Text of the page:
“When you’re the editor of The Log, you’re responsible for everybody,” Sherman continued. “If there’s a mistake in an article that you approved, you’ve gotta take some responsibility. If someone takes issue with something you’ve published, you’ve gotta be responsive to criticism but, if you think we were accurate, you’ve gotta protect your writers.”

Nurturing writers and creating a collaborative, supportive spirit have been at the forefront of Doyle’s goals for The Mossy Log during her time as EIC.

“I joined the staff as a sophomore and I had amazing mentors. A goal of mine has been making sure that we have a large staff and making sure that we have positions available and open for everybody,” Doyle said, “and that there is opportunity for growth because I think people get intimidated by like ‘Oh this is a big scary newspaper, I don’t have any experience.’ There’s a lot of easy ways to get involved.”

Introducing the Staff Writer position is one of the ways Doyle worked towards this goal. Staff writers are assigned to one section and required to write three articles for that section, out of six total articles, over the semester. 

“It’s very lowkey, they only have to write one article per issue,” Doyle said. “It’s not a huge time commitment, but it is still a way for them to get involved and have a bit more of a personal relationship with the editors in (their) section and create that mentoring opportunity because I, personally, found that valuable when I was on the staff … I think that’s one of the fantastic things about The Mossy Log, this cycle of impassioned student journalism and all these passionate individuals getting together in a room and teaching each other.”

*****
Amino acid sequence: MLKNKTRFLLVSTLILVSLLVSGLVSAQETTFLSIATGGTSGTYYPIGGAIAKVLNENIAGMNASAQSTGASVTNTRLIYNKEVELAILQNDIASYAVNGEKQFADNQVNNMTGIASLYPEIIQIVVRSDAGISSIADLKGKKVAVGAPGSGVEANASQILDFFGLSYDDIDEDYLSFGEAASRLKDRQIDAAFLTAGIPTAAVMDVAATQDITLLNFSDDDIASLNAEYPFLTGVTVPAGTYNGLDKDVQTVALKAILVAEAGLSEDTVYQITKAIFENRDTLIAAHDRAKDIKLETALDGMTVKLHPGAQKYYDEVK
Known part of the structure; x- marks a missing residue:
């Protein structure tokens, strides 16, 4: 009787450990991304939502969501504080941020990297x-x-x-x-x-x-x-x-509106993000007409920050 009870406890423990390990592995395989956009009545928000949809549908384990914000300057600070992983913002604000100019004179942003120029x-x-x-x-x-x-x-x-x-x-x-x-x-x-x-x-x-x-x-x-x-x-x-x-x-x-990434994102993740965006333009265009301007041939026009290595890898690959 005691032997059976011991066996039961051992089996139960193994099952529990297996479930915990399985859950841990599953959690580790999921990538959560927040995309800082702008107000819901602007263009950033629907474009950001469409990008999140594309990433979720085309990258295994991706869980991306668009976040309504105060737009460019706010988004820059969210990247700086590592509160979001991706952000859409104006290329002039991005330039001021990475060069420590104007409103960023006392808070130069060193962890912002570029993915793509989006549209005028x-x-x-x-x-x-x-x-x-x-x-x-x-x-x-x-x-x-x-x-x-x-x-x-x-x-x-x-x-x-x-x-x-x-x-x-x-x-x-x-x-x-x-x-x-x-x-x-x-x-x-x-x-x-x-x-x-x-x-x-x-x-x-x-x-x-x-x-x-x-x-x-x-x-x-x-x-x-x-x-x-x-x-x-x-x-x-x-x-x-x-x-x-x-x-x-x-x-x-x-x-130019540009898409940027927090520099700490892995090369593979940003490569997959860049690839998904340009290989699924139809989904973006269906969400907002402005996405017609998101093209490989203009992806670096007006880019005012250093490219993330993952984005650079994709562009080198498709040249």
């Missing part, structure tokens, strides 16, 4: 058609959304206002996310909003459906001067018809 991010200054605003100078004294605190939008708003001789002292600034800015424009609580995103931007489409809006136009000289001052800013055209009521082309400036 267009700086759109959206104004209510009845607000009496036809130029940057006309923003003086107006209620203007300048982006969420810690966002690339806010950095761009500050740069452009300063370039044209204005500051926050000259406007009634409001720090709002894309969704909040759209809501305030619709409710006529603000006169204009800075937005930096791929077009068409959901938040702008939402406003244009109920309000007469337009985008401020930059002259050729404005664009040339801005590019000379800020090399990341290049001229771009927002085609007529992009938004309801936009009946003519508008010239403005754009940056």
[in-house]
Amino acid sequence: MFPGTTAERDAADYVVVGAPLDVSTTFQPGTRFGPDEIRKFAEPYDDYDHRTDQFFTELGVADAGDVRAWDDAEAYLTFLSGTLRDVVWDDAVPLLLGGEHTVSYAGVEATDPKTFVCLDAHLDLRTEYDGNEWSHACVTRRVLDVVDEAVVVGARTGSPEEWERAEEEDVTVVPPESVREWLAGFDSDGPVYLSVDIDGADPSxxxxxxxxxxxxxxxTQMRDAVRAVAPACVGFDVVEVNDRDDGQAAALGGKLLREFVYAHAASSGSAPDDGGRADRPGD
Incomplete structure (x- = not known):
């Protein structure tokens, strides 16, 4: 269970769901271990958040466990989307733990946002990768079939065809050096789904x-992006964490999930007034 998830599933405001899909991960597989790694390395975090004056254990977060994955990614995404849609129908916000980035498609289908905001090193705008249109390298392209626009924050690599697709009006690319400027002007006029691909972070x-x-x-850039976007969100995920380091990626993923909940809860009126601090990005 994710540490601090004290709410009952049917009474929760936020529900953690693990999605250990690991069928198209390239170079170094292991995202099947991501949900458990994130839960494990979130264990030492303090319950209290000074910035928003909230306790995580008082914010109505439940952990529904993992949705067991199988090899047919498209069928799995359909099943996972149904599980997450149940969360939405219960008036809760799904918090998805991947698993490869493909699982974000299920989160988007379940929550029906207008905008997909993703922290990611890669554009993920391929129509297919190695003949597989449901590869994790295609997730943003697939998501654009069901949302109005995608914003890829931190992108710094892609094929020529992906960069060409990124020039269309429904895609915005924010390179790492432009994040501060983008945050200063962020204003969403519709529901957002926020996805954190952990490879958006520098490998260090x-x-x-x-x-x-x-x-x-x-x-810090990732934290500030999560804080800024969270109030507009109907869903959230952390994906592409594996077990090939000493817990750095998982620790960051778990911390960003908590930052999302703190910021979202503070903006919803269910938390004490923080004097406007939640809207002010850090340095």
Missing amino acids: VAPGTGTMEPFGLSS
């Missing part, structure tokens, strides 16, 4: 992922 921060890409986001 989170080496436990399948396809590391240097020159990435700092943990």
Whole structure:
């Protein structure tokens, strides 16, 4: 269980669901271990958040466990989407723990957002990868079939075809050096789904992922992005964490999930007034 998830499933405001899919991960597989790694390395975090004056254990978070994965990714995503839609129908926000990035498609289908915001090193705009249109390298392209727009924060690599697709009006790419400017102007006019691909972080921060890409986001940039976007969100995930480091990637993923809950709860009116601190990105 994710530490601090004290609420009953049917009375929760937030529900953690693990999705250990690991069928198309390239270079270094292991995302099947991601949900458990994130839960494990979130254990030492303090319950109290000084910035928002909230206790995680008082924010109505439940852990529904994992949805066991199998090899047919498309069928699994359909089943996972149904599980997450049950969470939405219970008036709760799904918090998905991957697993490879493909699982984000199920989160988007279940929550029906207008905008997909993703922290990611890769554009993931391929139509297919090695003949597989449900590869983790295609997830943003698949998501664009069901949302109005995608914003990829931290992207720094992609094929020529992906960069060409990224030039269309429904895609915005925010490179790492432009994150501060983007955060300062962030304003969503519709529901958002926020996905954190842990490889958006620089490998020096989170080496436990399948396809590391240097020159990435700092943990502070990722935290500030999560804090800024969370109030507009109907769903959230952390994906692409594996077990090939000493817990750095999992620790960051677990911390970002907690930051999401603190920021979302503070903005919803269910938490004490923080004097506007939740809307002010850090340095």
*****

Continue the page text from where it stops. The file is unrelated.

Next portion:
Sherman, having seen the cycle of student journalism continue for many years, shares Doyle’s admiration.

“People didn’t do it for the pay,” Sherman agreed. “For a lot of people, it was the community and wanting to tell the story. There’s just nothing quite like journalism.”

Embracing the opportunity to help students tell their stories, share things that matter to them and feel recognized by the broader community was a pivotal part of the EIC experience for both Doyle and Sherman. 

“I was always excited when writers would come to us with a story they really wanted to tell,” said Sherman.

Doyle concurred, noting the community support for The Mossy Log.

“So many students are interested in telling their stories or having certain things covered,” Doyle agreed. “People have definitely approached us about things that they’re interested in and there’s such a passion surrounding journalism and I’m really excited that it’s kept up.”

The Mossy Log serves not only as a platform for student writers but as a way to celebrate student work and achievements of all kinds. 

“I can’t tell you how many times somebody has been so incredibly happy that they were featured in The Mossy Log,” Doyle said, “or when student work was featured in The Mossy Log. Students do a lot of incredible research and projects and student work doesn’t often get the same coverage in the Portland area, so we try our best to highlight it through the paper.”

These community-building elements alongside mentorship, collaborative and managerial skills have created a lasting impact on Sherman’s life. 

“I never went into journalism,” he said. “I got my Communications degree from Lewis & Clark and was heavily involved in journalism, but even if you’re not pursuing it as a career, it makes you a better critical thinker, a better consumer of the media, which is really all around us now … It makes me happy to see that that passion is still there and the paper is still playing an important role in student’s lives.”

As Doyle moves on from The Mossy Log as well, she has faith in its future. 

“Journalism itself is really struggling right now but there is this really strong student journalism sector,” she said. “I hope The Mossy Log continues to be a place where students continue to learn from each other and a space where passionate students get together at night and create a great paper. I think at the core, that’s what it is, creating a community and amplifying student voices on campus.”